Seeing the challenges food entrepreneurs faced when getting started, the multi-business entrepreneur launched The Chef’s Workshop in late 2017 with the goal of constructing a brick-and-mortar commissary kitchen to rent to chefs and caterers.
Fueled by a July 2018 change in the Tennessee Cottage Food Laws, which unfunded the inspections of home-based kitchens, Akins bought a warehouse, had blueprints created and obtained a grading permit to break ground on a site in West Knoxville in early 2019.
“We were simply trying to help home based businesses stay in business by offering a commercial, shared-use kitchen as soon as possible,” he said.
But then, on the way home from his daughter’s wedding, he had an epiphany. “The downtown venue was stunning and the dinner was great, but it is a tremendous amount of work to make it happen. I simply wondered if the chef could have saved a lot of time and expense if the meal had been prepared from an onsite kitchen.”
Realizing that a lot of really cool venues don’t have commercial kitchens, Akins called several chefs to ask if a mobile kitchen would provide this cost savings. He quickly learned the chefs loved the mobile kitchen concept — but not for the reason he anticipated.
“It seems like common sense today, but at the time it was a real ‘game changer,’” Akins said. “Some menu items simply don’t transport well. A mobile kitchen would tremendously level the playing field for new and small scale producers because they can increase both their menu options and their production capacity, plus smaller venues could now host larger events.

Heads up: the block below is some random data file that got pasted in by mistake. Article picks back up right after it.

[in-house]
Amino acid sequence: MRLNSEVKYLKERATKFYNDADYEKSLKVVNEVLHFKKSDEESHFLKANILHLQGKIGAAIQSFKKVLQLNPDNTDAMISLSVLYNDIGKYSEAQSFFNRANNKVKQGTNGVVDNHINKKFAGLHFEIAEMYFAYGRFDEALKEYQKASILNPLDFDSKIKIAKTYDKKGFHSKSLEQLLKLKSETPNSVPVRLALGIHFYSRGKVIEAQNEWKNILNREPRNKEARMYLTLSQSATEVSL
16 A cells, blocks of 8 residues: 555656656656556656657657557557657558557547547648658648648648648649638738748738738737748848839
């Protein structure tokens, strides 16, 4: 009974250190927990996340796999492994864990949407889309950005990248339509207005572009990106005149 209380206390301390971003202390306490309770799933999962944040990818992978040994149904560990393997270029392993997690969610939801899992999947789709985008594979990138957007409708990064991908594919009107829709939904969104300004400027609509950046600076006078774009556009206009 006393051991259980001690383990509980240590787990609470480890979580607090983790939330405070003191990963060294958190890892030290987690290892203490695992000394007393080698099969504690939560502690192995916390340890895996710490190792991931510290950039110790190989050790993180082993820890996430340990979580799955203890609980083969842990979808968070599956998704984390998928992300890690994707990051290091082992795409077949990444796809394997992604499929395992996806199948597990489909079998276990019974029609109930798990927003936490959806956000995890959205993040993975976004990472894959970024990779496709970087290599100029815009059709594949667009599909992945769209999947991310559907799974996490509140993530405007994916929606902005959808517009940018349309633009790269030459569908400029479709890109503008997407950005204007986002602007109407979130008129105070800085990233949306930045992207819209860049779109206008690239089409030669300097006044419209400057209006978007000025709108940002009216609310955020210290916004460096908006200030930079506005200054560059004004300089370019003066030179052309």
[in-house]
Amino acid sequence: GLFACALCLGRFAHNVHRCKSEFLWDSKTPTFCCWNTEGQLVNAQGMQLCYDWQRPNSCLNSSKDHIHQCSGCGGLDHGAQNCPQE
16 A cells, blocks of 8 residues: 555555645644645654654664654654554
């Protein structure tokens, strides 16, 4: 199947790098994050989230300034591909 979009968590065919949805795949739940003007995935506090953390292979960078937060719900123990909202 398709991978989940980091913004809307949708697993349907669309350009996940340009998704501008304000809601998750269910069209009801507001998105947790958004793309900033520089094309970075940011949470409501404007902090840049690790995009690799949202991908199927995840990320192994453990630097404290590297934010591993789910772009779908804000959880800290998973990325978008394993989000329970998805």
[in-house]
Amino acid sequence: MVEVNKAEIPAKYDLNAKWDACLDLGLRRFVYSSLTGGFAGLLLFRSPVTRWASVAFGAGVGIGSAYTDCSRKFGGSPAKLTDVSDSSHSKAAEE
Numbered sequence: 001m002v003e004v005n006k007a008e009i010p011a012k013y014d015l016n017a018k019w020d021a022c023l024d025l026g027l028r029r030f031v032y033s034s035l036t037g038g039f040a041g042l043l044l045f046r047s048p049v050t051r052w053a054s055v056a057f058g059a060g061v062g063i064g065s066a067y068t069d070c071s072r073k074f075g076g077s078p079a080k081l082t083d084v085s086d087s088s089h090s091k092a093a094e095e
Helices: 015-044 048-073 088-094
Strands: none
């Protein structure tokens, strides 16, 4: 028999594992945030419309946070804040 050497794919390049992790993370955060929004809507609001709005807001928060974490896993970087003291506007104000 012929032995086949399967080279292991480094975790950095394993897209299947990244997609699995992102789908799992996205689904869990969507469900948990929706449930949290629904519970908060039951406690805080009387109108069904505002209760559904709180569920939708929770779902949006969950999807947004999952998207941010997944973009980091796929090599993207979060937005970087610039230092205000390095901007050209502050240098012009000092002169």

“It was a win-win.”
Akins acquired what was formerly a food truck equipped with an onboard generator, commercial refrigerator, sandwich prep table, Ansul hood system and a three compartment sink. He reconfigured the layout and added a double convection oven, a 4- burner and a 2-burner cooktop, a 24-inch chargrill, two work tables and a hot box for holding capacity.
He makes it clear the mobile kitchen is not a food truck designed for short order, but rather, a mobile kitchen designed for holding capacity that will help start-up businesses cut down on front end costs and ultimately help determine if what they have is sustainable.
“This is a platform that costs $40 per hour plus the cost to propane to operate,” Akins said. “The alternative for a food entrepreneur is to spend well over $150,000 to lease and equip a retail space. That’s a lot of money to invest in an idea.”
The mobile kitchen got the green light from the Knox County Health Department in October and the City of Knoxville in November. The Chef’s Workshop hosted a launch party at Honeybee Coffee in West Knoxville Nov. 18 so entrepreneurs could tour the mobile kitchen.
Boujie Bistro was the first to try out the concept, renting the mobile kitchen Thursday, Dec. 5, and again Saturday, Dec. 7. The first offering occurred in Akins’ office at 10433 Hickory Path Way, where diners sampled Tequila Lime fish tacos, Burgundy pot roast and Hot honey gourmet grilled cheese with tomato bisque soup.
“We have to figure out what Knoxville needs,” he said. “There may be a need for more of these mobile kitchens, or maybe the warehouse concept might still be an option,” pointing to similar offerings in larger cities such as Atlanta.
“It’s all about supply and demand,” he added.
For more information and to preview their launch video, visit www.thechefsworkshop.com